After spending more than a decade in prison for a failed attack on an Israeli settler, Ziad struggles to readjust to life in Ramallah, in Bassam Jarbawi’s incisive drama examining the effects of the Occupation and its attendant traumas.
After more than a decade in an Israeli jail, newly released Ziad doesn’t recognize the world around him. He is a free man but his friends have moved on, technology has changed, and dating seems impossible. Though hailed as a hero for his involvement in a failed attack on a settler — the act that led to his imprisonment — the young Palestinian man has doubts about whether his actions had any real meaning.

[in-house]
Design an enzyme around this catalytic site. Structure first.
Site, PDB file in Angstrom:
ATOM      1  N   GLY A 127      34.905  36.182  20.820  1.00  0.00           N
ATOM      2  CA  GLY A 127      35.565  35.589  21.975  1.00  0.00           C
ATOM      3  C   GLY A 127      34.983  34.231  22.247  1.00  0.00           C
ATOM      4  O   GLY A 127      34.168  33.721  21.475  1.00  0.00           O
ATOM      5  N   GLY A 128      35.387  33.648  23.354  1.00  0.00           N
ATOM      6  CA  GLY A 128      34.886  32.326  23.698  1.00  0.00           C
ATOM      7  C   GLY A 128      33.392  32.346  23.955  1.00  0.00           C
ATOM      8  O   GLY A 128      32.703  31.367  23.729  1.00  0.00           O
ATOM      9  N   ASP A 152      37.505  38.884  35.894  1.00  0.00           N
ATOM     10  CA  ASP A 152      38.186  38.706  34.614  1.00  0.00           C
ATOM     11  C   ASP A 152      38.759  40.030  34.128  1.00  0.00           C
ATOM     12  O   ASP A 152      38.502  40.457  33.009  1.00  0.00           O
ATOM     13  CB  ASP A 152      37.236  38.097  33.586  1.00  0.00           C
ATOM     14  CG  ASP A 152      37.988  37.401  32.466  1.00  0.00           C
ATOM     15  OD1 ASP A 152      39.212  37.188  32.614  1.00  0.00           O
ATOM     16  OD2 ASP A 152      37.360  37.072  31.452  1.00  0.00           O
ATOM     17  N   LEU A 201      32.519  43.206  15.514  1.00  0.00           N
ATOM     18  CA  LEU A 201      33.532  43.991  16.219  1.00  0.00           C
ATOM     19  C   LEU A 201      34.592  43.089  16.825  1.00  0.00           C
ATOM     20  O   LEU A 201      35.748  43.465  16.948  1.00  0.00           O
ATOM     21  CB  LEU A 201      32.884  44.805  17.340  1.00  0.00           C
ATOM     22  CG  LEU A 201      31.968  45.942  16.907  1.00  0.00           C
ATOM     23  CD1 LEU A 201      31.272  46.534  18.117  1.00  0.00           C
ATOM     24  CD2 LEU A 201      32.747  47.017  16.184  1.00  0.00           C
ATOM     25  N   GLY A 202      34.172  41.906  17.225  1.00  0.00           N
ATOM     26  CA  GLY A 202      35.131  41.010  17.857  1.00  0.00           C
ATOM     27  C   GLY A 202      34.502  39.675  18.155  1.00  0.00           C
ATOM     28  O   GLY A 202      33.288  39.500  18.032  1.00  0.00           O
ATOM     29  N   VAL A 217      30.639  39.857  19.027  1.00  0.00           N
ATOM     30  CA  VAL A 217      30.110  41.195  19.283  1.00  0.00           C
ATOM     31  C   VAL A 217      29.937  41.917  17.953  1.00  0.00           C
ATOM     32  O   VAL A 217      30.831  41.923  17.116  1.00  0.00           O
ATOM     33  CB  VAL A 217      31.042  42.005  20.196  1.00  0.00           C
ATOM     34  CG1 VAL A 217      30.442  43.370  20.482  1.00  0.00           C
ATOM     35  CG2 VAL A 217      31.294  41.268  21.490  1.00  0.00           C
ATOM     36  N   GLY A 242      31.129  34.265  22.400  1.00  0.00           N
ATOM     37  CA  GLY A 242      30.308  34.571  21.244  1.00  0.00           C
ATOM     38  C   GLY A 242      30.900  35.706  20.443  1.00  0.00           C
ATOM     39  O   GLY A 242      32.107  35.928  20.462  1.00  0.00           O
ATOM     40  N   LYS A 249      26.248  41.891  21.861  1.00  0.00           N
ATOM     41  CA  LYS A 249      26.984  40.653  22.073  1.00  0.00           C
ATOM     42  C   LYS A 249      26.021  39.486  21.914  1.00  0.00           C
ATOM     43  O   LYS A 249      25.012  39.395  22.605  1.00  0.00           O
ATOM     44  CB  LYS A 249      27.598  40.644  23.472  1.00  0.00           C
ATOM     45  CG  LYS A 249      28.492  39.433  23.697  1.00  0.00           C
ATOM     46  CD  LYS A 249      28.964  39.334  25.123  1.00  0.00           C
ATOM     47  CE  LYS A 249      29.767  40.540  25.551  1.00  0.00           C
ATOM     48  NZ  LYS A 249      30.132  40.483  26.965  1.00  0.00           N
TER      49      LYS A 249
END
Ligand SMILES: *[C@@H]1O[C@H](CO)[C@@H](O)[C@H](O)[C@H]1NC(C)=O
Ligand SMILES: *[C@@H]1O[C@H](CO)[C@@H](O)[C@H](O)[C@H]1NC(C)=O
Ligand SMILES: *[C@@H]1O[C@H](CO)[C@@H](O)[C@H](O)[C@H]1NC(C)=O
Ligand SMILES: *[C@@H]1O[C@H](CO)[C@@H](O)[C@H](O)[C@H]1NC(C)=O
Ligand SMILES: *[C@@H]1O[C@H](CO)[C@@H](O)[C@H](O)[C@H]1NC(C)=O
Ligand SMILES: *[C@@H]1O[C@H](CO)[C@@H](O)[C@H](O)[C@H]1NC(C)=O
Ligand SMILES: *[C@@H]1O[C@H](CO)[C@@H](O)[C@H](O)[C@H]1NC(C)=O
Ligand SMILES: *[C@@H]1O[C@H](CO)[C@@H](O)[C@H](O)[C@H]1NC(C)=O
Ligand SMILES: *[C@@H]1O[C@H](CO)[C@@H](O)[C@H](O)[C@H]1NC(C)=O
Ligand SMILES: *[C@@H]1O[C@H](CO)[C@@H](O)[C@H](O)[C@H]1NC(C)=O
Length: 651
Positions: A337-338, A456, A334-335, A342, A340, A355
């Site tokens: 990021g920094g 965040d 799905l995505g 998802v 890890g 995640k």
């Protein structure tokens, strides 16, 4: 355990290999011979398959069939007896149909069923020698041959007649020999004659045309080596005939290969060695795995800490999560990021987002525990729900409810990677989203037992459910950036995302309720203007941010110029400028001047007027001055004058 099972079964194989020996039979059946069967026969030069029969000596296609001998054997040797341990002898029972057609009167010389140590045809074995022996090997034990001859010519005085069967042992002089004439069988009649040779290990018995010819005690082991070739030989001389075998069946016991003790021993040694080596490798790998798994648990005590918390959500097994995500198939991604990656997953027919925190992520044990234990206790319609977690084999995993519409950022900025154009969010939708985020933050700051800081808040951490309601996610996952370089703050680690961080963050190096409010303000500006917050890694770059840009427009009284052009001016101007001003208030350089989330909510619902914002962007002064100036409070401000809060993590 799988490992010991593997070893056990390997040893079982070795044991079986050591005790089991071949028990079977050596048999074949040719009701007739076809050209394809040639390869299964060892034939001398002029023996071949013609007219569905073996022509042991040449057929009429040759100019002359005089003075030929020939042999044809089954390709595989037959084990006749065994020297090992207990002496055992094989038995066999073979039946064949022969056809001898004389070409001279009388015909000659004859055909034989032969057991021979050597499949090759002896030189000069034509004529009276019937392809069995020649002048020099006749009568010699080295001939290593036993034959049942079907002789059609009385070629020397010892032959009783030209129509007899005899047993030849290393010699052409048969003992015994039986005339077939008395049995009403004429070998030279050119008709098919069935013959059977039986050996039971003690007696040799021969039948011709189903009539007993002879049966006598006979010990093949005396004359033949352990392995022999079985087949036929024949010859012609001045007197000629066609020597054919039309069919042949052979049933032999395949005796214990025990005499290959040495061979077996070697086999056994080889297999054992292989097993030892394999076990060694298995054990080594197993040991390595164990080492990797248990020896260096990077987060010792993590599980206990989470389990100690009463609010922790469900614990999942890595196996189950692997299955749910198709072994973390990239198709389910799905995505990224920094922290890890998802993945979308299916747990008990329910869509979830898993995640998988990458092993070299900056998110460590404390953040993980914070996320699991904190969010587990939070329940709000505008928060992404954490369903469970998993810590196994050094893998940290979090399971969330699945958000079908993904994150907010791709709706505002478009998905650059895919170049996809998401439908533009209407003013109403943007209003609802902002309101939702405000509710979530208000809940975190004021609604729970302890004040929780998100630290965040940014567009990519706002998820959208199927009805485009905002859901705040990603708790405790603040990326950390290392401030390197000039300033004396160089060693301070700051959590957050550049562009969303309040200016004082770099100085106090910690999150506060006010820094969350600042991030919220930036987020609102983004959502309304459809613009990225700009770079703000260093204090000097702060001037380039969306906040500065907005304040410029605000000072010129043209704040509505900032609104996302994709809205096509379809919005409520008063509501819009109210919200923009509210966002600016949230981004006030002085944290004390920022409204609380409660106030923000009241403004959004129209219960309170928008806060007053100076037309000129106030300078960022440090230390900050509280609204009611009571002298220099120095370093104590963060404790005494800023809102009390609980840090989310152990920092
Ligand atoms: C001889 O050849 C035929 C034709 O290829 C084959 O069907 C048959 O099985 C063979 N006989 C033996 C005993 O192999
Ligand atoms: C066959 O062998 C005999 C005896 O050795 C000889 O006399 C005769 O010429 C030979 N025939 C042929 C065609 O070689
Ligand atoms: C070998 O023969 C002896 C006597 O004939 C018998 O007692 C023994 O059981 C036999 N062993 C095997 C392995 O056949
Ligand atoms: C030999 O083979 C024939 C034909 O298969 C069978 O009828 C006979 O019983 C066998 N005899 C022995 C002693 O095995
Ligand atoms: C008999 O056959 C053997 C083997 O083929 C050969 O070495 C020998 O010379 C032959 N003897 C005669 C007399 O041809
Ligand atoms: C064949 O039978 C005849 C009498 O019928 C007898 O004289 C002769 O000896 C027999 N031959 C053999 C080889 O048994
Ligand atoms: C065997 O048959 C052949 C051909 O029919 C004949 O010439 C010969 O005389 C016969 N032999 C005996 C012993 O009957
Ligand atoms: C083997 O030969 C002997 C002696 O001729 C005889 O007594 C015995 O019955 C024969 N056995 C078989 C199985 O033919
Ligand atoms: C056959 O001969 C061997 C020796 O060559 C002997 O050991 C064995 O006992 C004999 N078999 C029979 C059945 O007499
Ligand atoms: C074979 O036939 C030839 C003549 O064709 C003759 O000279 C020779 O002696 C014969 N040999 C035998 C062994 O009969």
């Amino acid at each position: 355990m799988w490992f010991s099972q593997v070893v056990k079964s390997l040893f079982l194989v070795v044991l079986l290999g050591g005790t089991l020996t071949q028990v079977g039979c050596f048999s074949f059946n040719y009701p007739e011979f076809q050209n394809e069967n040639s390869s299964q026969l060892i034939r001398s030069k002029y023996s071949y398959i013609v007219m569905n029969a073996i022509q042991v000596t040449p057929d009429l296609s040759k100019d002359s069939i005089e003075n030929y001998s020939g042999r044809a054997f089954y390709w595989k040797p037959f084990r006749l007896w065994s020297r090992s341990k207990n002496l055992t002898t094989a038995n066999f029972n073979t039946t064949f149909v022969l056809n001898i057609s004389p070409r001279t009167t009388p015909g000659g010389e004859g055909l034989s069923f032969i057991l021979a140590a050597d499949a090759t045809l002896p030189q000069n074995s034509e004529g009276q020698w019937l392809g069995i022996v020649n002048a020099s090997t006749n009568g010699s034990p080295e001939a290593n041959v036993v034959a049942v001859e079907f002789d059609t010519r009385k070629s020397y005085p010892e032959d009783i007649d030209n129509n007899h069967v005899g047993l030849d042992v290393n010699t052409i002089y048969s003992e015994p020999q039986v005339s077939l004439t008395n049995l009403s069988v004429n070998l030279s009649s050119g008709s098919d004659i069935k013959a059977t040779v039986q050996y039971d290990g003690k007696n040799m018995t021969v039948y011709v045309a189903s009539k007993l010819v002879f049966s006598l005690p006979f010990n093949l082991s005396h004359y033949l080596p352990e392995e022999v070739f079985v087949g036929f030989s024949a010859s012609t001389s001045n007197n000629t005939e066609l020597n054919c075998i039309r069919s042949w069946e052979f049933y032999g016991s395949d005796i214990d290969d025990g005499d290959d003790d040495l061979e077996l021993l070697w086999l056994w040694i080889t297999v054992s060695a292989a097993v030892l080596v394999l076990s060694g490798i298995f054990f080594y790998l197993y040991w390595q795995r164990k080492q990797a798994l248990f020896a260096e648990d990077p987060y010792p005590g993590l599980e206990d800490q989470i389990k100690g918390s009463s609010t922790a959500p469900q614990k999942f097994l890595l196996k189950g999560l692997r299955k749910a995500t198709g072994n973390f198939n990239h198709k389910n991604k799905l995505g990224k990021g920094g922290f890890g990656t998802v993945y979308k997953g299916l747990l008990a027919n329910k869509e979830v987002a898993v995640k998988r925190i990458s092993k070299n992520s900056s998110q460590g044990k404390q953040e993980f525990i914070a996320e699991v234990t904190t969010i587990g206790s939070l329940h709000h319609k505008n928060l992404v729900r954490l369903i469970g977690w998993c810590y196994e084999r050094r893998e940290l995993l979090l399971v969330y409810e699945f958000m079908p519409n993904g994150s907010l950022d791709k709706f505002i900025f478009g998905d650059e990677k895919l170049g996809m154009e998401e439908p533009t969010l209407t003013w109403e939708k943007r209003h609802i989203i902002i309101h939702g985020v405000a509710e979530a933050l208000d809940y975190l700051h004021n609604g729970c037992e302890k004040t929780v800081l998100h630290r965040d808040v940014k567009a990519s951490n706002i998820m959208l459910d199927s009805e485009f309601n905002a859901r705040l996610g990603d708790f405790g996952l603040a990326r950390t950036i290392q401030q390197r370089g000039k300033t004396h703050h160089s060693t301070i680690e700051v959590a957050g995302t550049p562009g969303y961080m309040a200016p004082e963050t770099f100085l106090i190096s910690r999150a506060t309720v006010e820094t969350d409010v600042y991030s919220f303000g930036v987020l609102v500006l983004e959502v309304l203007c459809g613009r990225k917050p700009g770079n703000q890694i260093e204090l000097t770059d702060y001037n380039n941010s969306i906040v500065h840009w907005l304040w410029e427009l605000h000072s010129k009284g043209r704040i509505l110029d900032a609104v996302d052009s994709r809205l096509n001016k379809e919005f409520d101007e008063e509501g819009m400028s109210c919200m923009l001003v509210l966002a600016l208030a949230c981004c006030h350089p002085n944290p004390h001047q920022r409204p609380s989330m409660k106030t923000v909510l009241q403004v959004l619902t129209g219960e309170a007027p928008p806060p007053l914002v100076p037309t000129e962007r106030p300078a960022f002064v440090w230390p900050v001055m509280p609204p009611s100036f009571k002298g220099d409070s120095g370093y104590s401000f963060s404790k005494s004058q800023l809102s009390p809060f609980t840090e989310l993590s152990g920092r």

Now living back at home in Ramallah, Ziad’s attempts to adjust to life on the outside prove to be frustratingly slow: he has no education, no trade, and he’s weighed down by an incredible sadness as he tries to live what feels like an already lost life. (Ziad Bakri, member of the famed Palestinian acting family, portrays the protagonist’s anguish and heavy stoicism with striking intensity.) When he meets a young Palestinian–American filmmaker, it becomes clear Ziad’s problems aren’t just sociological, but also psychological. And with no real help to heal this unseen wound, it seems that he might end up exactly where he began.
Shot on location in the West Bank with an almost entirely Palestinian crew, Bassam Jarbawi’s feature debut is an important exploration of mental trauma, an invisible effect of the ongoing Occupation.
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